Earlier this week, I noted that the Bullish camp likes to trot out the headline earnings data as proof of ongoing economic strength. In About Those Earnings, we specifically noted "One of the main Bullish arguments has been that very strong Earnings are not signalling a major slowdown." After all, 14 consecutive quarters of year-over-year double digit growth is no Bearish signal.
I describe this growth as "lumpy." It is highly concentrated by sector and cap size, and is not evenly distributed:
"Energy companies have recorded 50% growth in net income, while financials grew by 19%. Exclude those two groups, and net income is down 1.1%, in part due to significant dropoffs in basic materials (down 12%), consumer goods (off 11%), health care (37% lower) and technology (down 4%), and a 13% decline in telecommunications."
In a healthier environment, we should expect to see earnings growth broaden out across many more sectors in the economy. Instead, the growth is narrowing. The biggest gains are in a few sectors, and primarily in companies in big cap firms (like the S&P500 members).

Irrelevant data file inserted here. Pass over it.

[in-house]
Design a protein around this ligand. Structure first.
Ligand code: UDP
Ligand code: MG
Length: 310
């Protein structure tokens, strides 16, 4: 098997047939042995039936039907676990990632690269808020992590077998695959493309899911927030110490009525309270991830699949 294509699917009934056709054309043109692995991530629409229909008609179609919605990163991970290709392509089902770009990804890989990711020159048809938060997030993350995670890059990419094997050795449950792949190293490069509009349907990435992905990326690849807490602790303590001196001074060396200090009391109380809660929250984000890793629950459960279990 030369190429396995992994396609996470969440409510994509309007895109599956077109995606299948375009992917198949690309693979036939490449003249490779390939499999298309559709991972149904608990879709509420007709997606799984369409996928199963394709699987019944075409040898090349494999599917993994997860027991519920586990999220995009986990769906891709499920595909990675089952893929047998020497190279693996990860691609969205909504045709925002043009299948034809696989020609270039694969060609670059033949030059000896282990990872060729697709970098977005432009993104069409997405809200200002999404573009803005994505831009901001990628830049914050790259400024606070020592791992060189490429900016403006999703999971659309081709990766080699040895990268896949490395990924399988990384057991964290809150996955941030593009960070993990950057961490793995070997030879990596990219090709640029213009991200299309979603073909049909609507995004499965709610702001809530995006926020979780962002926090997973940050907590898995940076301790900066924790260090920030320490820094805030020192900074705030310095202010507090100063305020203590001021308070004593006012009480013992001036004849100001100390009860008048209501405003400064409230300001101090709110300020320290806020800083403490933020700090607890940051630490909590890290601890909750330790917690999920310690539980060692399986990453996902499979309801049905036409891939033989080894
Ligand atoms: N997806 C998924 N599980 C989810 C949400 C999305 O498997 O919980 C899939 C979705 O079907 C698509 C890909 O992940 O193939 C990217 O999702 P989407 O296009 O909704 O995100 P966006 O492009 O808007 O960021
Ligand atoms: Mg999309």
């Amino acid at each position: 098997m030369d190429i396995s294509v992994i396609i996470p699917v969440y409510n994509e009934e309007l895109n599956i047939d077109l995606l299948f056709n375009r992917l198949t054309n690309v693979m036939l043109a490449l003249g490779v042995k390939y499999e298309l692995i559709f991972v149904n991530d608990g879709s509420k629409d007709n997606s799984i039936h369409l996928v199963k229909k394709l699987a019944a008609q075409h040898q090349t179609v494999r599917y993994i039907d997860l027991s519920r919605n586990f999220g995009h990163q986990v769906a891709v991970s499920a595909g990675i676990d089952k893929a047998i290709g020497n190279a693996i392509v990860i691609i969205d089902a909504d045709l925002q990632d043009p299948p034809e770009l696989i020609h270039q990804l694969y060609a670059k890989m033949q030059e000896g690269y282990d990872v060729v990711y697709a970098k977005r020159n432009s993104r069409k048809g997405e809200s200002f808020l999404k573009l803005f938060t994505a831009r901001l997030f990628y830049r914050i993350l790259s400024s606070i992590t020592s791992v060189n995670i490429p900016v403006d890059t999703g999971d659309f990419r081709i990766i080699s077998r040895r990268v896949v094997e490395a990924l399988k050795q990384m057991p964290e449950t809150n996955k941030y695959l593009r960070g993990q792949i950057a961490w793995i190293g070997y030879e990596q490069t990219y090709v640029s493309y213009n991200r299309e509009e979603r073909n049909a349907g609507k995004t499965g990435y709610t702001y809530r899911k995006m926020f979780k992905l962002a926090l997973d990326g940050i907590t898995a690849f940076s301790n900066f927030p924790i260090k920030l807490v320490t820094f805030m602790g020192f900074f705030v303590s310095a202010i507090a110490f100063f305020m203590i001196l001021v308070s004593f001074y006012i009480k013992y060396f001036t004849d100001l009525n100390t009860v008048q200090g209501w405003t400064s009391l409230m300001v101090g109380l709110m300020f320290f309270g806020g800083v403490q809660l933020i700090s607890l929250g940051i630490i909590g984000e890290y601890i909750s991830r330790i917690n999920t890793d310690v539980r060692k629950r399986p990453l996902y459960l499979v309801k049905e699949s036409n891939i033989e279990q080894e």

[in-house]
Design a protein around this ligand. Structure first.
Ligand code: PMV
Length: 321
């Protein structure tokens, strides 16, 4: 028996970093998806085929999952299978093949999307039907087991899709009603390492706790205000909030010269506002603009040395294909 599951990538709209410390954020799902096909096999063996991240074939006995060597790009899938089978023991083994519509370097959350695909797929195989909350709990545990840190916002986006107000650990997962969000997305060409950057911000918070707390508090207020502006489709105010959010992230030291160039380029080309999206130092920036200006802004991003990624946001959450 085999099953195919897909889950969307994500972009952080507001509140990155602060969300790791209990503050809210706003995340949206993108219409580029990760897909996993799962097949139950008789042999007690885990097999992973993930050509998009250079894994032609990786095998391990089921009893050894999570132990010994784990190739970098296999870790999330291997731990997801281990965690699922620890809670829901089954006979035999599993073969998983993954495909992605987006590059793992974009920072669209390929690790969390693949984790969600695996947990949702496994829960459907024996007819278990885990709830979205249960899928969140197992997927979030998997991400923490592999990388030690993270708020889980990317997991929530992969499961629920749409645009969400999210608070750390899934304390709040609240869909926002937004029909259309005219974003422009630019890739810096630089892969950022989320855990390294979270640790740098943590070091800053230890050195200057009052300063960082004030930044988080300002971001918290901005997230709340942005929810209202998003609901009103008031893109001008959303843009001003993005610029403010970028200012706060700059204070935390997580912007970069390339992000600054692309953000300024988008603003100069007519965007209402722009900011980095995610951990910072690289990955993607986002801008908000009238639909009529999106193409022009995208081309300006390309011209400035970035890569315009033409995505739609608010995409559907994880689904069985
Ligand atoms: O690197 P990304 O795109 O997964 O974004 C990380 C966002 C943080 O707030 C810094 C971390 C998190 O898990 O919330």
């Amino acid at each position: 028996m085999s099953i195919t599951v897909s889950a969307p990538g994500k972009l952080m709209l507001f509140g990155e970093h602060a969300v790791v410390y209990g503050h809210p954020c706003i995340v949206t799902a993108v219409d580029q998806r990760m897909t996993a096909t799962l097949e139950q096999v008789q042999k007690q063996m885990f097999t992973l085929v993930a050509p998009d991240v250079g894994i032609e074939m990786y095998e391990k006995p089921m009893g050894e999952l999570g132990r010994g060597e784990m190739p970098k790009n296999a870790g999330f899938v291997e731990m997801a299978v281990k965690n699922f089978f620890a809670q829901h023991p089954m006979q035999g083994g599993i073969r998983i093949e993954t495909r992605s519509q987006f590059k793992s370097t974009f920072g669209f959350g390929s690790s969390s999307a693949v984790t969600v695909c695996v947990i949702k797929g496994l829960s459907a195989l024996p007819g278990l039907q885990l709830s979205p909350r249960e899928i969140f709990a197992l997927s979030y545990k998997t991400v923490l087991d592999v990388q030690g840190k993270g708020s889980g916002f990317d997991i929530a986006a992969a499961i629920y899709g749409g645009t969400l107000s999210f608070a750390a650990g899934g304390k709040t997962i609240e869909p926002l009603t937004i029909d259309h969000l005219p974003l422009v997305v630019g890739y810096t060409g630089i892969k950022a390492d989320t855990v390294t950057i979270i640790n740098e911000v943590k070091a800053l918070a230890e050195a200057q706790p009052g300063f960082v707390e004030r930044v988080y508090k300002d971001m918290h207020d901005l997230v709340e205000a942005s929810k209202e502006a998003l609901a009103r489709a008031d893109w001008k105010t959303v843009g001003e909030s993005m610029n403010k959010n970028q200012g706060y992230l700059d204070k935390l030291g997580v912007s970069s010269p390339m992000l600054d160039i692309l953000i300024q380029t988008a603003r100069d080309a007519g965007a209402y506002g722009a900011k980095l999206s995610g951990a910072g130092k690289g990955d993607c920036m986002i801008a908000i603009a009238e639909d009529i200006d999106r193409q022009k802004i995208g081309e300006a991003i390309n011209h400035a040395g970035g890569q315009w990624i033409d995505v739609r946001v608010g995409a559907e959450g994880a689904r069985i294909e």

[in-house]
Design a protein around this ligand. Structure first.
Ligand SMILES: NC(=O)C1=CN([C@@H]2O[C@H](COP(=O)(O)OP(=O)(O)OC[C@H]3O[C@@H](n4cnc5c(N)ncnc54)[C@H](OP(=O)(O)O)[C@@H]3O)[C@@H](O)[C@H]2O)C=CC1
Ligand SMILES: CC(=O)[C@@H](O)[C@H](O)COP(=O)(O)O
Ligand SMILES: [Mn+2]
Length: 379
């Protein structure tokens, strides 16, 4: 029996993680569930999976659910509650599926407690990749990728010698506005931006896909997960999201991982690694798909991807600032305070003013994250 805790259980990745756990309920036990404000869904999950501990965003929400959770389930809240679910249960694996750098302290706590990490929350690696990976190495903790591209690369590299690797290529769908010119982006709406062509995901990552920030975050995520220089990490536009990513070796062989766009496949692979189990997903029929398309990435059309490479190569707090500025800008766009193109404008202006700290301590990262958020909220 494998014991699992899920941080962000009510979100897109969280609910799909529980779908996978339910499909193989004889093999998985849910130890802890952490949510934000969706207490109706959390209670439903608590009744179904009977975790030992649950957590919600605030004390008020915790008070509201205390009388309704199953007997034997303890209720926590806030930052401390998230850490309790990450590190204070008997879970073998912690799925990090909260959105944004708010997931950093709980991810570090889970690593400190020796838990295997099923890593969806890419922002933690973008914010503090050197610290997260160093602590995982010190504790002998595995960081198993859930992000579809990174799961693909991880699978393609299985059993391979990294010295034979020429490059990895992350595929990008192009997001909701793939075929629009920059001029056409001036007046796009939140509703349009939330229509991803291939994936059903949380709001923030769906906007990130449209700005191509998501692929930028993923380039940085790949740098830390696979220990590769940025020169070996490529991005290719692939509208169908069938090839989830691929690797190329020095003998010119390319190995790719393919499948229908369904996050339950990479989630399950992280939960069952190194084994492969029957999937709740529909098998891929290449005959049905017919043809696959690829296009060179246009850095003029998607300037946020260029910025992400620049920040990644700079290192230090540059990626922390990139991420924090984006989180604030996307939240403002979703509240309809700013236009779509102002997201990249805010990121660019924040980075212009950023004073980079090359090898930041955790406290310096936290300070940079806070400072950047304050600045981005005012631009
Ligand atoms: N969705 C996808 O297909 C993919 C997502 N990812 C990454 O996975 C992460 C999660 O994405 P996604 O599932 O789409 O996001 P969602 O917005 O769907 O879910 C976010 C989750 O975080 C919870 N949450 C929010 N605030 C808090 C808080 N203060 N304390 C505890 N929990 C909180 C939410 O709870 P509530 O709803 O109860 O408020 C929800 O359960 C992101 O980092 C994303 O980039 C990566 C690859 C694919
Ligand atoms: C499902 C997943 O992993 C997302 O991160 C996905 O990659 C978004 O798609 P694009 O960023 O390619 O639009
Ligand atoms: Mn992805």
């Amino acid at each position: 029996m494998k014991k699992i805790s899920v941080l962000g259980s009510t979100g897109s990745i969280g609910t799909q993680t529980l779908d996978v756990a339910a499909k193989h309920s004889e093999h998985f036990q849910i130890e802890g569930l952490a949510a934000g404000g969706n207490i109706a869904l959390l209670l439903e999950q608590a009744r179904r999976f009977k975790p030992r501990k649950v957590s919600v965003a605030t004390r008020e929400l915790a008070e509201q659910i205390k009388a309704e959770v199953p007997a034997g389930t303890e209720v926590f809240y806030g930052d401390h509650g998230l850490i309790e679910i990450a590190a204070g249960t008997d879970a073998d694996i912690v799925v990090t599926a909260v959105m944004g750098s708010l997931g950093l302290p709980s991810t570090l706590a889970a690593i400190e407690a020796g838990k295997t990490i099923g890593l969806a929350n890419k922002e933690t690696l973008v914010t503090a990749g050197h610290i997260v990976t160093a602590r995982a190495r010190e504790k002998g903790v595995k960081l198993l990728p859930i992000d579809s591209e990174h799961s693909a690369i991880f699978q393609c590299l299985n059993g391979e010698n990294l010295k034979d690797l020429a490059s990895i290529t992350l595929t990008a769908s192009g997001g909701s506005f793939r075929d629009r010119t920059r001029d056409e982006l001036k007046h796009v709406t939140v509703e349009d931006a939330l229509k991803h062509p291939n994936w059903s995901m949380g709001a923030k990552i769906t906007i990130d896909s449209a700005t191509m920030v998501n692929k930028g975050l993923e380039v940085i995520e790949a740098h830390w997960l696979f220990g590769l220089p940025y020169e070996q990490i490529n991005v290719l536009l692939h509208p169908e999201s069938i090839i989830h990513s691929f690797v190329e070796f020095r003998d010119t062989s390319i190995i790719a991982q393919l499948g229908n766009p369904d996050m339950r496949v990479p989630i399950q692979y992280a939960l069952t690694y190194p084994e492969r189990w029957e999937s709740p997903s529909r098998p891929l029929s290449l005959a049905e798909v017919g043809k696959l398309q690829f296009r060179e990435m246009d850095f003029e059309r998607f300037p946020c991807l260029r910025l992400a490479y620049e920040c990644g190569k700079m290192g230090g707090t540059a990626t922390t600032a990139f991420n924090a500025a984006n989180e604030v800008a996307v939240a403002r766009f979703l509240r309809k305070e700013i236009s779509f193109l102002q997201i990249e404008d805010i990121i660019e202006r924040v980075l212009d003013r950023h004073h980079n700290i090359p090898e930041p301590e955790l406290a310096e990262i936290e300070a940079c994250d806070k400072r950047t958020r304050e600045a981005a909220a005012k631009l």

But its not just me (or the perma-bears, pessimists or eeyores) who have noted this. The latest data to recognize this comes from the Commerce Department. The WSJ observed that the latest release on Corporate Profits admits:
"A slowing economy put the brakes on torrid growth of corporate
profits in the second quarter, and rising labor costs could increasingly limit
earnings growth in the months ahead.
The Commerce Department said pretax corporate profits in April,
May and June collectively rose 3.2% from the previous quarter, much slower than
the 12.6% jump in the first quarter or the 10% jump in the fourth quarter of
2005. Nonetheless, profits in the second quarter were 20.5% higher than a year
ago and accounted for 12.2% of gross domestic product in the second quarter, the
highest level in 40 years."
So while year over year growth remains strong, it has begun to slow sequentially.
Corporate Profit Growth Slows in Step With Economy
August 31, 2006; Page A3